Dismiss Notice
Join Physics Forums Today!
The friendliest, high quality science and math community on the planet! Everyone who loves science is here!

An advanced degree in Mathematical Physics after engineering?

  1. Oct 21, 2007 #1
    Hello all,
    As I've mentioned elsewhere, I'm currently in the last semester of a coursework masters degree(which i dont consider as a true postgraduate degree) in electrical engineering. my recent academic circumstances have rekindled my hitherto dormant interest in pure physics and mathematics and i'm very serious about it so much that i want to pursue an advanced degree in mathematical physics and a research career in the same thereafter.
    also i'm aware that enthusiasm alone wont help me in the admission process anywhere, which is why i've decided to spend some time (after completing my degree), studying the fundamentals and foundations to prepare myself to any sort of rigorous graduate work in the future.
    now, since i'll be graduating soon, i have to find myself a job to survive and i thought i can try for a simple job (that need not pay high) that wouldn't be very taxing and help me with my science pursuits.
    i was considering teaching (math/physics) in high school as one such option, coz i'd have to anyway work on math/physics.
    could someone advise me on whether teaching as a short term career would help me?
    are there any disadvantages of the same that i'm not aware of?
    or any other suggestions that'd work for me?
    i'd really appreciate your help. thanks a lot! :smile:

  2. jcsd
  3. Oct 21, 2007 #2


    User Avatar
    Staff Emeritus
    Science Advisor

    I can't see getting a job teaching hindering you, but I'm not sure that it'd help either. You will not use anything that you will need in your advanced studies by teaching maths/physics (I presume you mean at high school). How do you know that you want to do an advanced degree in "mathematical physics" (I'm not even sure what you mean by that) when you havn't done any undergraduate mathematical physics?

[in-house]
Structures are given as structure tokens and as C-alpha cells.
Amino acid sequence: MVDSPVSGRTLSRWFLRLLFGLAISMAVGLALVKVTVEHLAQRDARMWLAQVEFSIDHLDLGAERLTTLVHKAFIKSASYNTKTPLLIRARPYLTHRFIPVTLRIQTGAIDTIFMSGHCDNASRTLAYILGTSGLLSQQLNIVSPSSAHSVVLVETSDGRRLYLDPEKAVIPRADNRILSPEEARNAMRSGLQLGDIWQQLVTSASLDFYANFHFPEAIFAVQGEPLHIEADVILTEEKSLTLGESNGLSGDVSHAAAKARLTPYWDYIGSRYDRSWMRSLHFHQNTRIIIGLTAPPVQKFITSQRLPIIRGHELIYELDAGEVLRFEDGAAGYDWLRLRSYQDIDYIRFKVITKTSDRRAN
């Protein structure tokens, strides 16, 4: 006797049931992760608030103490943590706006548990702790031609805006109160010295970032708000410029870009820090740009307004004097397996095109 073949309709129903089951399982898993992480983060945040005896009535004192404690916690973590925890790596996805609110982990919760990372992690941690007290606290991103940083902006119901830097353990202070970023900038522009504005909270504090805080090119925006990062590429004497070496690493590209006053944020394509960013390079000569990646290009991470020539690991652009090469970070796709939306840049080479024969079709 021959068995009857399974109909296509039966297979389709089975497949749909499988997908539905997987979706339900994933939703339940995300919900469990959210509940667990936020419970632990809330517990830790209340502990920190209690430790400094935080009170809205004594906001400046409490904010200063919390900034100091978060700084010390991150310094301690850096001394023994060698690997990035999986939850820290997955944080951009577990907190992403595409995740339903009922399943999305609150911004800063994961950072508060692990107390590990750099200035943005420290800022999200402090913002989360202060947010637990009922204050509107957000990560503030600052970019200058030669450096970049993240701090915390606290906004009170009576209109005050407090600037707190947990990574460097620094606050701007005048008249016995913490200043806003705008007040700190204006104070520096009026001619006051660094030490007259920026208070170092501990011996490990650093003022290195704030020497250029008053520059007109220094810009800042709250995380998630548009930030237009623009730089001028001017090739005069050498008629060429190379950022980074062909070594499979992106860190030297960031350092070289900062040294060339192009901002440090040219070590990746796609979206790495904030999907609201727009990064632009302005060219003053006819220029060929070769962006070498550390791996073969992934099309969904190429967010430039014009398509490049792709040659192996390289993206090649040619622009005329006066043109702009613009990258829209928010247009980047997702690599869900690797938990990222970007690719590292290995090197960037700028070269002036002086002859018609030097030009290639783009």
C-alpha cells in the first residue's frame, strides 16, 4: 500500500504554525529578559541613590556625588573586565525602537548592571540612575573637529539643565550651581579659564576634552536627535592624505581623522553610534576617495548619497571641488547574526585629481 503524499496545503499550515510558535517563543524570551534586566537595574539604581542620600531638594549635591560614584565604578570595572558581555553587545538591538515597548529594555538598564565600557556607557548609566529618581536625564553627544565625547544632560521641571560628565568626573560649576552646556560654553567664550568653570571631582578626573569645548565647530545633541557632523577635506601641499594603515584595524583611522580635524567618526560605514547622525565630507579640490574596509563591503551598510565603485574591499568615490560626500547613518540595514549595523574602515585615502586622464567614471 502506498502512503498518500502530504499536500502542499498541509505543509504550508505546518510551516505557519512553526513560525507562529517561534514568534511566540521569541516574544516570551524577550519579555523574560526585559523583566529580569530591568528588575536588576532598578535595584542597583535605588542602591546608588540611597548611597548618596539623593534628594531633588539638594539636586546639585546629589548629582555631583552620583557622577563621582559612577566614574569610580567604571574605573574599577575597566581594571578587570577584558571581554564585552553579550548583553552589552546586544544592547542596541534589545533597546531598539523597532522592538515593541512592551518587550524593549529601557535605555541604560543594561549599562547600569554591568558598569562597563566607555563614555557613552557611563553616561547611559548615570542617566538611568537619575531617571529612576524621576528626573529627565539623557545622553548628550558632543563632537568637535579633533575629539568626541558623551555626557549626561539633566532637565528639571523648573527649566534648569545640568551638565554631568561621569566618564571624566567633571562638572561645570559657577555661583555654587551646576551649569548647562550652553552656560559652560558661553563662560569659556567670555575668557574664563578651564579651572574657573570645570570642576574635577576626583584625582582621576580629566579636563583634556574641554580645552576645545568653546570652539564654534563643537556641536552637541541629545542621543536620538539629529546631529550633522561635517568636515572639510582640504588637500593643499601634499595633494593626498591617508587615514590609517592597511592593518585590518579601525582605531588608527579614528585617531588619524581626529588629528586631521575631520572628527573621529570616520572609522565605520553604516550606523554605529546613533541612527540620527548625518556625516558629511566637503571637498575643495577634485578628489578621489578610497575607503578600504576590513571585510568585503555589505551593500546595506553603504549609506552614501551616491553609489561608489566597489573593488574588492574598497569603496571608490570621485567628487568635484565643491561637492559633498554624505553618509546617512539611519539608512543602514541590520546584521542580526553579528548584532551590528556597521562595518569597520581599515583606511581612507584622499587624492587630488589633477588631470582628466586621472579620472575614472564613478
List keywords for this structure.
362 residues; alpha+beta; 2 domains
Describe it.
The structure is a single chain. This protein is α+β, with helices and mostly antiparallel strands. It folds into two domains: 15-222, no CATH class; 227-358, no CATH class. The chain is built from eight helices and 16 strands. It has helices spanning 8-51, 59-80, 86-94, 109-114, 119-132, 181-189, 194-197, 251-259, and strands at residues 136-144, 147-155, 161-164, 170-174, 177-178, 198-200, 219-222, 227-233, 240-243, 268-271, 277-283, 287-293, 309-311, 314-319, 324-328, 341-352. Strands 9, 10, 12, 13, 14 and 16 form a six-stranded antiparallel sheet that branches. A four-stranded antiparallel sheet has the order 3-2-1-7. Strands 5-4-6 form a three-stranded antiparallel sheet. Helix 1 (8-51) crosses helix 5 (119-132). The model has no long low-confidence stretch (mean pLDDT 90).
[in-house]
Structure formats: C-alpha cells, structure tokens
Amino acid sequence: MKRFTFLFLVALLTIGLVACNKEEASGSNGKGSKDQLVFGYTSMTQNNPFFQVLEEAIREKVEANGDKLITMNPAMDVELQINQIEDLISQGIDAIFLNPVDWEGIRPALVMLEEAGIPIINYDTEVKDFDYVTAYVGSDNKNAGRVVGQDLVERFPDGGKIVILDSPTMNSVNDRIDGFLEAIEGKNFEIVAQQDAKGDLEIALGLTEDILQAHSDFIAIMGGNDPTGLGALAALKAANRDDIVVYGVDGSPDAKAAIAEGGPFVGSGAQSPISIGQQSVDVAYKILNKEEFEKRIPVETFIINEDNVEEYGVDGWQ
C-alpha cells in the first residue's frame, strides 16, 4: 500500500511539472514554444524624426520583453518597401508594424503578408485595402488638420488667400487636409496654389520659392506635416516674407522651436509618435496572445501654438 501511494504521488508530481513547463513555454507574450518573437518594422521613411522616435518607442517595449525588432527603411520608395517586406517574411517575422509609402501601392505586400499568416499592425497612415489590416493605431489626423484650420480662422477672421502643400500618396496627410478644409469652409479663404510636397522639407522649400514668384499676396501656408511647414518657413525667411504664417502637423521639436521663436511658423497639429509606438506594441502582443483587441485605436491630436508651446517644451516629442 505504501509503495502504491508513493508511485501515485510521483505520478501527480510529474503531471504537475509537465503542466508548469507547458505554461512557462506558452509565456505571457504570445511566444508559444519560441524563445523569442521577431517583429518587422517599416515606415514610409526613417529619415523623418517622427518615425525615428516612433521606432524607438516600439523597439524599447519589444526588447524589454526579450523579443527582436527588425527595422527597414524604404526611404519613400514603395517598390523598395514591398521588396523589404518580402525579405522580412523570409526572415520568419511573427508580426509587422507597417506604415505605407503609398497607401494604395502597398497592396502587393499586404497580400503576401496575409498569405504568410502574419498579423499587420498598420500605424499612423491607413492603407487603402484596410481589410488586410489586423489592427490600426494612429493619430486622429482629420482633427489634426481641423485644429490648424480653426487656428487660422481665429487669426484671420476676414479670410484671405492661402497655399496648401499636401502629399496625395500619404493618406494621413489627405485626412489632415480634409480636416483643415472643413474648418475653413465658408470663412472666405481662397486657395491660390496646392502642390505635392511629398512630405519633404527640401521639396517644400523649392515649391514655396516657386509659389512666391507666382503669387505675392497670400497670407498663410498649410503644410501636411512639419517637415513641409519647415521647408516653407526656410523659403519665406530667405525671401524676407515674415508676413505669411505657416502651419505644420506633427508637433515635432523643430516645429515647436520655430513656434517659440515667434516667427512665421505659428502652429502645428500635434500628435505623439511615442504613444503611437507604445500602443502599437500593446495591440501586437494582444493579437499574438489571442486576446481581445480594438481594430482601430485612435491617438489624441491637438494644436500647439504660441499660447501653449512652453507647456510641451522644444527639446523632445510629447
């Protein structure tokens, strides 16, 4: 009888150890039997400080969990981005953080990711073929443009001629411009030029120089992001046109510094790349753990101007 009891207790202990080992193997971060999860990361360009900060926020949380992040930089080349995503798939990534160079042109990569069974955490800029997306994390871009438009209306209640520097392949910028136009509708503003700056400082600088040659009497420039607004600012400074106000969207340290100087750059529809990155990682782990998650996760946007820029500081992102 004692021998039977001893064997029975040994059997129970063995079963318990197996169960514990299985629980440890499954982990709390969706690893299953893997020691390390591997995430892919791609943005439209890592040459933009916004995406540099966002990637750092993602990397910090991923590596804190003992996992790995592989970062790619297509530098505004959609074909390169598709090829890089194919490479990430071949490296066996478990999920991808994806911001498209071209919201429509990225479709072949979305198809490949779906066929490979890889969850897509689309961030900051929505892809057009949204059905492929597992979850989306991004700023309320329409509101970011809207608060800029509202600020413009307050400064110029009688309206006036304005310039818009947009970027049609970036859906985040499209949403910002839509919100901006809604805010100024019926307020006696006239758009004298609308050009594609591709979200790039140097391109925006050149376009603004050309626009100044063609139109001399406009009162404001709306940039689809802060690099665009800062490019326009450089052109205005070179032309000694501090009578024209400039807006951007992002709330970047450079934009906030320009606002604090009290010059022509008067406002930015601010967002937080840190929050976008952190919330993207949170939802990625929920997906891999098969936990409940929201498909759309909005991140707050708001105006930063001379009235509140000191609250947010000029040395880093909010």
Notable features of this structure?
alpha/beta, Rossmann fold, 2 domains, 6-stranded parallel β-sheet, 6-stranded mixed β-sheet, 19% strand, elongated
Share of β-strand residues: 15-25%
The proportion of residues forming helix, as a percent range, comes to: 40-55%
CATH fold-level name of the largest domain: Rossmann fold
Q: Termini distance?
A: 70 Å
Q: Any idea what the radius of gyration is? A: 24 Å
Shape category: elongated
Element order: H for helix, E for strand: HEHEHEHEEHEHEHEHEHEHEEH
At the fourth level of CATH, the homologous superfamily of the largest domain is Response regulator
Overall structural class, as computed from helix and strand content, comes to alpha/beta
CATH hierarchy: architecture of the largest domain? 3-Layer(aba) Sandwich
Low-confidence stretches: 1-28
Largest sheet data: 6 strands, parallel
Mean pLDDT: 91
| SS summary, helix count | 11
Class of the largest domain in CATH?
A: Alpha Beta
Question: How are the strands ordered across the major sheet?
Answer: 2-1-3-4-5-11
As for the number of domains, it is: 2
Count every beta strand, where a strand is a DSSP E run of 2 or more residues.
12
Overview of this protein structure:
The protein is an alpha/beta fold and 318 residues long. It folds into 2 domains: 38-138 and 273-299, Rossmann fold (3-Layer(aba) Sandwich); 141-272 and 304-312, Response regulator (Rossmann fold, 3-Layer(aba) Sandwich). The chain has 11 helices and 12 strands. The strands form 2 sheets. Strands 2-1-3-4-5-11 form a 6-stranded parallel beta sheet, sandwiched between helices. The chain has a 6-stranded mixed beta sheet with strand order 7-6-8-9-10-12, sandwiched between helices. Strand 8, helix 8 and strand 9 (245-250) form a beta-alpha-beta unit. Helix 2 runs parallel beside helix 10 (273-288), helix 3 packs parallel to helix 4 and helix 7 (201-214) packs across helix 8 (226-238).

I suggest that you complete a masters degree in either maths or physics (preferably maths if you want to study mathematical physics) and then decide whether research is for you. It's going to be quite tough, since there will be a lot of assumed knowledge that you don't even know that you don't know. Still, it'll enable you to make the decision more easily, and clearly, than just saying you "like maths and physics."
  4. Oct 21, 2007 #3
    hi cristo, i meant that whether teaching as a job would give me time to concurrently self-learn the advanced concepts (that i need to know for pursuing masters or phd in the field.)
    and also, i meant 'mathematical physics' generically. i suppose i'll become more specific with time and exposure to various fields.
  5. Oct 21, 2007 #4
    It depends on where you teach. Teaching may appear easy but at many places it is not. There are other "behind-the-scene" kinda aspects of the job that may take a lot of your time, and some of these are admin jobs that have little to do with teaching.
  6. Oct 21, 2007 #5
    If this is your last semester in an MSEE program, why not just finish up and get a job? As others have said, teaching HS will not probably help you too much (the physics taught is generally very basic, no more advanced than the few fundamental courses you already took), and indeed may take far more time than you suspect. You should be able to get a pretty nice job as an EE, especially with an MS. Perhaps you could even take one or two physics courses at a university while you work. Maybe you will even find you enjoy your EE job and just continue with that. I guess I don't see any reason to throw away the 5-6 years of education that you already have, without even trying the field out.
Share this great discussion with others via Reddit, Google+, Twitter, or Facebook